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LIFE IS NOT A CAMERA
"EVEN AT A YOUNG AGE I LEARNED that truth was a slippery substance," says Kathryn Harrison, 32. "My grandmother claimed that my parents were married by a justice of the peace in downtown Los Angeles, and my mother claimed that she was married at home. But now that no one in my immediate family is living, I've become the sole keeper of my own history. That is both scary and seductive."
An only child born to an unstable 19-year-old mother who was married but briefly, the novelist was raised by her grandparents. "On and off, when my mother thought she was going to get her life together, she would threaten to take me back. And I would pray that she wouldn't be able to," says Harrison. "Ironically, I was the one who ended up taking care of her when she died of cancer at age 43."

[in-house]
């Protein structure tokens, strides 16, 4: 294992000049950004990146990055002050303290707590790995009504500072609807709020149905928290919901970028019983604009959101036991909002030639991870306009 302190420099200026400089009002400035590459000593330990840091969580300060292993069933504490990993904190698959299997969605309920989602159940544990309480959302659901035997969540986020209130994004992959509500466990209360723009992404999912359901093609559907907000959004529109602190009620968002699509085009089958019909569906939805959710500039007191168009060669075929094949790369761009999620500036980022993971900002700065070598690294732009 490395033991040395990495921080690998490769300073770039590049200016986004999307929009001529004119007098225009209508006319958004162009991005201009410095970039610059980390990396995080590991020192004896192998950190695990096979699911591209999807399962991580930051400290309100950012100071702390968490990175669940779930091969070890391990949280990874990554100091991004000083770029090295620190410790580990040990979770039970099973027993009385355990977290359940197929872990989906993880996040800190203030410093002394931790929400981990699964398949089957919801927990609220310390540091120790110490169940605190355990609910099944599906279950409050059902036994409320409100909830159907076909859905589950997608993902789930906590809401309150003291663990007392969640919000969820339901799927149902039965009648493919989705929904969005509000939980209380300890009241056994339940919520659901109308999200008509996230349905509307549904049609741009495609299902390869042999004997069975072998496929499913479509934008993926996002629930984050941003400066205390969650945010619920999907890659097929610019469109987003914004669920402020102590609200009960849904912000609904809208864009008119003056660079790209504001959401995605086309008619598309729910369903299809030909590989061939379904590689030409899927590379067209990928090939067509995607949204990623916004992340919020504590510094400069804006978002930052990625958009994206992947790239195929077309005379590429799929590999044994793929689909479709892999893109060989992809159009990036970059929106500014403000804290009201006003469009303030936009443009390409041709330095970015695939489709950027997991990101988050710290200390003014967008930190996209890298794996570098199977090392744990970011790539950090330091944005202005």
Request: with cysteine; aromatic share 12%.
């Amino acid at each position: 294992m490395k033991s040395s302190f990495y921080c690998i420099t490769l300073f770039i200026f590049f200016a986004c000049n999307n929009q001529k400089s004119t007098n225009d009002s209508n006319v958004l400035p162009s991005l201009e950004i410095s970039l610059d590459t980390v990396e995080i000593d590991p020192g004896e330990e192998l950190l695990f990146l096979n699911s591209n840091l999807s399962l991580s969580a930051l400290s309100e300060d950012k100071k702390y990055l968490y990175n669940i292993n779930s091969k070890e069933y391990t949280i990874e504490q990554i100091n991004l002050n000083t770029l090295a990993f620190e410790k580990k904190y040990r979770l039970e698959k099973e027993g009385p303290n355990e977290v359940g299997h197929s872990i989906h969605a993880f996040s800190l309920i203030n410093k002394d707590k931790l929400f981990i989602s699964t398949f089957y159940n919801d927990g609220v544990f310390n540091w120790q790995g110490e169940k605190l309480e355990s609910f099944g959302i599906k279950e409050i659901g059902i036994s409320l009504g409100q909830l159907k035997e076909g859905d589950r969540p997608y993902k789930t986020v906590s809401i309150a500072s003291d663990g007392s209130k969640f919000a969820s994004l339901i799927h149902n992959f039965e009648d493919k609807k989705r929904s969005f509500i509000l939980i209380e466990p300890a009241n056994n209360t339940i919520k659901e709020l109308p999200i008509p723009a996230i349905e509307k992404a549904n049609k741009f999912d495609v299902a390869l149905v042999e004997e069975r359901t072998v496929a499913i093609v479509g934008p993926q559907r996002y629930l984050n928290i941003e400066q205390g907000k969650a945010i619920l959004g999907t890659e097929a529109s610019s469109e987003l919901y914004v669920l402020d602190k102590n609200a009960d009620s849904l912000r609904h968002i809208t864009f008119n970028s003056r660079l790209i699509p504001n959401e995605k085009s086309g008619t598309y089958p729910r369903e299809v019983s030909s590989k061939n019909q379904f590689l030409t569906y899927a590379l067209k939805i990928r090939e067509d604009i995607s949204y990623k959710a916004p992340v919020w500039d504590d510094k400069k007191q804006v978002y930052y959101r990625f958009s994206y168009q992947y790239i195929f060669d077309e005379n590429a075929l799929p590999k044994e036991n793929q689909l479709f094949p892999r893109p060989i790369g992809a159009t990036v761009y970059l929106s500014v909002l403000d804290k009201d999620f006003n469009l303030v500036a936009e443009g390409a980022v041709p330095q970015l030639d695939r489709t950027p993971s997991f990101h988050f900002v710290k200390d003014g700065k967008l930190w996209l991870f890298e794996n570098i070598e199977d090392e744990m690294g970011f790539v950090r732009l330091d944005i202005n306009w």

In Exposure, Harrison uses photography as a metaphor for life's paradoxes. "I write about how even photography, supposedly the great instrument of truth, can be made to lie," she says. "In the end, the camera is manipulated by the hand as well as the eye."
Even today, Harrison, who lives in Brooklyn, N.Y., with her husband, novelist Colin Harrison (Break & Enter), and their two young children, says she is driven by fear. "After the birth of my second child. I was sitting out on our porch, thinking how everything wonderful in my life could be so easily tripped up and undone, and I burst into tears. My husband came out and asked me what was wrong. And I said, 'But that's just the point, nothing is wrong—yet.' "